Virtual Reality Relaxation to Decrease Dental Anxiety: Immediate Effect Randomized Clinical Trial

S. Lahti (Lead / Corresponding author), A. Suominen, R. Freeman, T. Lahteenoja, G. Humphris

Research output: Contribution to journalArticlepeer-review

27 Citations (Scopus)
103 Downloads (Pure)


Introduction: Dental anxiety is common and causes symptomatic use of oral health services.

Objectives: The aim was to study if a short-term virtual reality intervention reduced preoperative dental anxiety.

Methods: A randomized controlled single-center trial was conducted with 2 parallel arms in a public oral health care unit: virtual reality relaxation (VRR) and treatment as usual (TAU). The VRR group received a 1- to 3.5-min 360° immersion video of a peaceful virtual landscape with audio features and sound supporting the experience. TAU groups remained seated for 3 min. Of the powered sample of 280 participants, 255 consented and had complete data. Total and secondary sex-specific mixed effects linear regression models were completed for posttest dental anxiety (Modified Dental Anxiety Scale [MDAS] total score) and its 2 factors (anticipatory and treatment-related dental anxiety) adjusted for baseline (pretest) MDAS total and factor scores and age, taking into account the effect of blocking.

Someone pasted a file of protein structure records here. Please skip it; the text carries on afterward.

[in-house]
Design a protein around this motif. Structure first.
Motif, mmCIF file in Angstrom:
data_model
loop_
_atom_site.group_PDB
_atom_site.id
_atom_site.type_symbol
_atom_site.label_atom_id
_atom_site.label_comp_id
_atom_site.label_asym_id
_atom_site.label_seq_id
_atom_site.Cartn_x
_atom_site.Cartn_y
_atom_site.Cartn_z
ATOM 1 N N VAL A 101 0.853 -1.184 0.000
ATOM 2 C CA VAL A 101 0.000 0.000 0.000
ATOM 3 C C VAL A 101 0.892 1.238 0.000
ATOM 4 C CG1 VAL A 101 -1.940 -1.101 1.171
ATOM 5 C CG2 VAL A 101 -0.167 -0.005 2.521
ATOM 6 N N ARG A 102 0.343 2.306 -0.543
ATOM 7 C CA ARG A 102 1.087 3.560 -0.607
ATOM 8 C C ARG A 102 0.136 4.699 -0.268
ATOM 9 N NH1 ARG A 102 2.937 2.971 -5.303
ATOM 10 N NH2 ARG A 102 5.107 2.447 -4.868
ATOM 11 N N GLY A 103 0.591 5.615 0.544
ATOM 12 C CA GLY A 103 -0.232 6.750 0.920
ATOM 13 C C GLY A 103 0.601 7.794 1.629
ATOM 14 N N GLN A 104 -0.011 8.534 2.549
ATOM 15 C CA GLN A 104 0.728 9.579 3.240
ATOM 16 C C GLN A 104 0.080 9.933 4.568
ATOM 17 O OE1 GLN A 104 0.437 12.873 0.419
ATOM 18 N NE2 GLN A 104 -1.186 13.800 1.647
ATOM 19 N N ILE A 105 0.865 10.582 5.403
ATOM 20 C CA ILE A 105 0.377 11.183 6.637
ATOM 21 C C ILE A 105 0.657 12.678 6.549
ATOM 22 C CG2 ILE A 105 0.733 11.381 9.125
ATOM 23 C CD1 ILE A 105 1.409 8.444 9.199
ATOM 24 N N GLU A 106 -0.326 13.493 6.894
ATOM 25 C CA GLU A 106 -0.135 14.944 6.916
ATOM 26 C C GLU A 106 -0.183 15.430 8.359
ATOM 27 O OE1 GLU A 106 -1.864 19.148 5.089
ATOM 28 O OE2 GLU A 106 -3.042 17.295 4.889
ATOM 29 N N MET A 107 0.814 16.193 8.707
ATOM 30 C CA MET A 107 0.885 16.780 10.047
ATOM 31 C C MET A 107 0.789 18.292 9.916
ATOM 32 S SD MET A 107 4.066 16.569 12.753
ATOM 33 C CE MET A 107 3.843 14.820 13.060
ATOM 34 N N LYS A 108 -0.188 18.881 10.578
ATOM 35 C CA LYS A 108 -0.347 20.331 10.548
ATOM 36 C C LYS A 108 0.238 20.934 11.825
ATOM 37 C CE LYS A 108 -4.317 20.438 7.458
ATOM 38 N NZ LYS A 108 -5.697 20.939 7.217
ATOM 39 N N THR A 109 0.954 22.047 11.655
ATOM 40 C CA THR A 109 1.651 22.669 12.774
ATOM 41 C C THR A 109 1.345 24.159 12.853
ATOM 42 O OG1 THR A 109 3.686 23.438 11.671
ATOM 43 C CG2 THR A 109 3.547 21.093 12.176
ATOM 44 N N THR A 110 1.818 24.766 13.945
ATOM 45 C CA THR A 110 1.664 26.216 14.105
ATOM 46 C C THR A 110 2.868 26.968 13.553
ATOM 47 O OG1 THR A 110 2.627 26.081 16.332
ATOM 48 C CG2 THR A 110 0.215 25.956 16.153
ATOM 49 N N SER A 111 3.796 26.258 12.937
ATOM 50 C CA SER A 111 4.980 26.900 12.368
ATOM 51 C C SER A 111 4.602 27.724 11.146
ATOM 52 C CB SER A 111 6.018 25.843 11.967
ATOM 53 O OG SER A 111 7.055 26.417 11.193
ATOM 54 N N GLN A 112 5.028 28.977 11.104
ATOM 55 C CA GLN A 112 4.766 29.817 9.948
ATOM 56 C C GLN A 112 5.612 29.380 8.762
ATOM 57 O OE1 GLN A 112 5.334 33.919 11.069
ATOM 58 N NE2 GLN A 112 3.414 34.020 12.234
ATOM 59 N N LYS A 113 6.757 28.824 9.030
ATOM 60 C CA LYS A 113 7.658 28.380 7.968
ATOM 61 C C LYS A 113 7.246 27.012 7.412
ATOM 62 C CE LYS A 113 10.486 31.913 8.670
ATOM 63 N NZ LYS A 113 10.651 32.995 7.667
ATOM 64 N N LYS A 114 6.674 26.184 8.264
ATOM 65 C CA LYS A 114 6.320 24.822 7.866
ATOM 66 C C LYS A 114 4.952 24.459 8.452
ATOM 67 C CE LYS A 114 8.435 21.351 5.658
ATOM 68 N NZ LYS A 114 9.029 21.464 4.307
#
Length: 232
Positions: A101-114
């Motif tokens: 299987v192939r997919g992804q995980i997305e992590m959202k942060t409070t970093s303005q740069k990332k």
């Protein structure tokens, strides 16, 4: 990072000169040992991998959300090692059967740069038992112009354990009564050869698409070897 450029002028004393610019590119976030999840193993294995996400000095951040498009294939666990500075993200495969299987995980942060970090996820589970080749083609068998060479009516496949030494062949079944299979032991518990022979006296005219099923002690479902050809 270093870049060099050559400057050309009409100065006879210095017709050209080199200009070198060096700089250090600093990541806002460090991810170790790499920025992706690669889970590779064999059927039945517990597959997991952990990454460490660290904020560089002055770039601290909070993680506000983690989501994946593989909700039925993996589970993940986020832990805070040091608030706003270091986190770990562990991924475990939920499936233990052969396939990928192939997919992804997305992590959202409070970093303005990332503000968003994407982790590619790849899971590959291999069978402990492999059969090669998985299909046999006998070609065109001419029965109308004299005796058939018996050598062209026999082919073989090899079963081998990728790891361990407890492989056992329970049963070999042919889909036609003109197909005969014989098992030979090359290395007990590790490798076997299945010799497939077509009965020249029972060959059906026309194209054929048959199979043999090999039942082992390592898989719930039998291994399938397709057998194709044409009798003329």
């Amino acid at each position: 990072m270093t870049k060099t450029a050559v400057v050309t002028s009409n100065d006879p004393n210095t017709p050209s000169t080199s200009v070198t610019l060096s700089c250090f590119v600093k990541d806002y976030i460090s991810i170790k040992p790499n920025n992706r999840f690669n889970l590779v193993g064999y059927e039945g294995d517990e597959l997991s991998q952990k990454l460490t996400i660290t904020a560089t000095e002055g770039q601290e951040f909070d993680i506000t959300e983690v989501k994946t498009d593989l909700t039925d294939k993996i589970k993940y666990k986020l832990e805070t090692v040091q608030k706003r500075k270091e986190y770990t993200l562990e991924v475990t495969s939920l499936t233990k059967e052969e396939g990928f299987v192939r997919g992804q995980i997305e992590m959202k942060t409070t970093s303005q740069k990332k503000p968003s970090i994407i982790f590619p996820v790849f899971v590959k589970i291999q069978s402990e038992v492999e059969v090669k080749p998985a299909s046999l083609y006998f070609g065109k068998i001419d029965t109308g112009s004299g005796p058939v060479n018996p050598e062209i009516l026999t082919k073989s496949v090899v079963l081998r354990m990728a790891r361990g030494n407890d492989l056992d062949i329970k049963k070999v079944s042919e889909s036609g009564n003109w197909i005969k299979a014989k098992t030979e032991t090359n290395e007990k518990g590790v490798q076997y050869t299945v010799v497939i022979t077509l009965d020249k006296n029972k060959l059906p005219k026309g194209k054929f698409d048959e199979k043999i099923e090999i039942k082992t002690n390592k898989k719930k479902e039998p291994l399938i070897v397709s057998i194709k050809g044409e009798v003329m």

Results: Total and anticipatory dental anxiety decreased more in the VRR group than the TAU group (β = −0.75, P <.001, for MDAS total score; β = −0.43, P <.001, for anticipatory anxiety score) in patients of a primary dental care clinic. In women, dental anxiety decreased more in VRR than TAU for total MDAS score (β = −1.08, P <.001) and treatment-related dental anxiety (β = −0.597, P =.011). Anticipatory dental anxiety decreased more in VRR than TAU in both men (β = −0.217, P <.026) and women (β = −0.498, P <.001).

Conclusion: Short application of VRR is both feasible and effective to reduce preoperative dental anxiety in public dental care settings ( NCT03993080). Knowledge Transfer Statement: Dental anxiety, which is a common problem, can be reduced with short application of virtual reality relaxation applied preoperatively in the waiting room. Findings of this study indicate that it is a feasible and effective procedure to help patients with dental anxiety in normal public dental care settings.

Original languageEnglish
Pages (from-to)312-318
Number of pages7
JournalJDR Clinical and Translational Research
Issue number4
Early online date21 Jan 2020
Publication statusPublished - 1 Oct 2020


  • clinical studies/trials
  • dental care
  • dental fear
  • public sector
  • relaxation technics
  • virtual reality immersion

ASJC Scopus subject areas

  • General Dentistry


Dive into the research topics of 'Virtual Reality Relaxation to Decrease Dental Anxiety: Immediate Effect Randomized Clinical Trial'. Together they form a unique fingerprint.

Cite this